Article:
Genetic diversity is one of several aspects of spotted owl
biology that Los Alamos scientists hope to better understand with the aid of data gleaned from
the field. The study, which also will provide valuable information about the birds' habits to
wildlife researchers interested in stabilizing endangered species population, will use genetic
information derived from a particularly noninvasive technique: The DNA has been acquired from
feathers collected from the owls' habitat.
The team has extensive experience studying bird genetics and has developed a method of analyzing the DNA characteristics of the Jemez Mountain owls and of tracking their habits by collecting and analyzing their feathers.
The Mexican spotted owl was listed as federally threatened in 1993. This subspecies of the spotted owl is found in northern
Arizona, southeastern Utah and southwestern Colorado, south through New Mexico, west Texas and into Mexico. The
Mexican spotted owl generally inhabits mixed conifer, pine-oak and riparian habitat in mountains and canyons.
The U.S. Fish and Wildlife Service's recovery plan for the subspecies requires research on population biology, gene flow
and genetic isolation of populations. To gain such information in the past, researchers needed to capture and handle the
birds to take blood or tissue samples. By studying feathers the birds have molted in and around their nests, scientists
have eliminated concerns of hurting the owls or changing their behavior.
The Los Alamos team has collected more than 1,300 Mexican spotted owl feathers from 19 identified territories in the Jemez Mountains over the past 17 years. They now have a database of feathers: Each one has
been photographed and given a number for tracking purposes, then placed in a bag to ensure no cross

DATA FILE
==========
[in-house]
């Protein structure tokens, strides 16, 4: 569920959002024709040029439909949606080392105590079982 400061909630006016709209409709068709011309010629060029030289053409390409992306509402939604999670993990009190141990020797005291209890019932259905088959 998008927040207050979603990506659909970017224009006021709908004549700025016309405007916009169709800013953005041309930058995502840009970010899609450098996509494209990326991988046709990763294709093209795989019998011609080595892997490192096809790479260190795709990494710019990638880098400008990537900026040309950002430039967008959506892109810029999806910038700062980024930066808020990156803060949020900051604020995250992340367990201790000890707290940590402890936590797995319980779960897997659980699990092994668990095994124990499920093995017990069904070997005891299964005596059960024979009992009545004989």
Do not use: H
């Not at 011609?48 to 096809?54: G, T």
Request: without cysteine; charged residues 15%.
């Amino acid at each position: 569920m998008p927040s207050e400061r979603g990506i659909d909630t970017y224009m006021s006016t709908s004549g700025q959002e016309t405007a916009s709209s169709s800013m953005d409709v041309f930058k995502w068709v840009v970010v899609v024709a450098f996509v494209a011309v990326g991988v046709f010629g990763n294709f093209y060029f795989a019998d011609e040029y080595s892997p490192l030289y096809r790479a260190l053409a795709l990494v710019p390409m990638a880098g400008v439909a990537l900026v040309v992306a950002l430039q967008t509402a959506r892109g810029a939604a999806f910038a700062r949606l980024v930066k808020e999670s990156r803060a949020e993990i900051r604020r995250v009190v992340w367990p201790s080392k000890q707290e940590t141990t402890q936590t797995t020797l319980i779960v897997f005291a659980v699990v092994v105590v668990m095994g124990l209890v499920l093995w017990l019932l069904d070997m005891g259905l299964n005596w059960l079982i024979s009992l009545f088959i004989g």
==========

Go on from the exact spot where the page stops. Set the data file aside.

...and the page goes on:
In the lab, the feather DNA is isolated for analysis. The end of a feather is diced up and placed in a solution that
ruptures the cells and releases the DNA. After eliminating the proteins and other contaminants, the relatively pure form of DNA that remains looks like water. The sample is examined for a
specific set of repetitive sequences, usually one to six base pairs repeated over
and over. These sets of repeats are known as microsatellites.
The team has constructed a library from a DNA sample of a Mexican spotted owl
housed in a rehabilitation center in Albuquerque. The library provides a way to
archive a series of DNA fragments that together constitute multiple copies of the
entire genome of the spotted owl. The researchers have isolated individual
microsatellite clones from the library and have determined their DNA sequence.
The sequence data allowed the researchers to build short DNA primers for the
microsatellite locations. Together with a method known as the polymerase chain
reaction (PCR), these primers enable the researchers to analyze the microsatellite repeats in feather DNA. Differences that are found at the microsatellite
locations within feather DNA will be used to create a database of genetic variations for the spotted owl.
When the database is complete, the team will be able to identify every individual
bird within the population. Some of the questions that will be answered in the
study include how far the birds travel, how long they live, how successful they are
at reproducing and whether they are site-specific.
A comparison of DNA from different populations will be useful in making management
decisions if the number of one group begins to decline. Restocking decisions could
depend on information about genetic similarities between healthy populations and one
that is in crisis.
The genetic data also will help researchers assess the long-term effect, if any, that the
Cerro Grande Fire will have on the spotted owl populations. After the fire was put out
and the smoke cleared, researchers found that 90 percent of Los Alamos County's habitat
for the Mexican spotted owl had been lost. Luckily, none of the nests being monitored by
the team studying the owl's genetic characteristics were damaged. Nonetheless the fire
did reduce the overall area that young owls can occupy as they become reproductively
mature and set out to develop their own nesting territories. The ongoing project will
help determine if this loss of habitat will result in any significant change in the population's level of genetic diversity.
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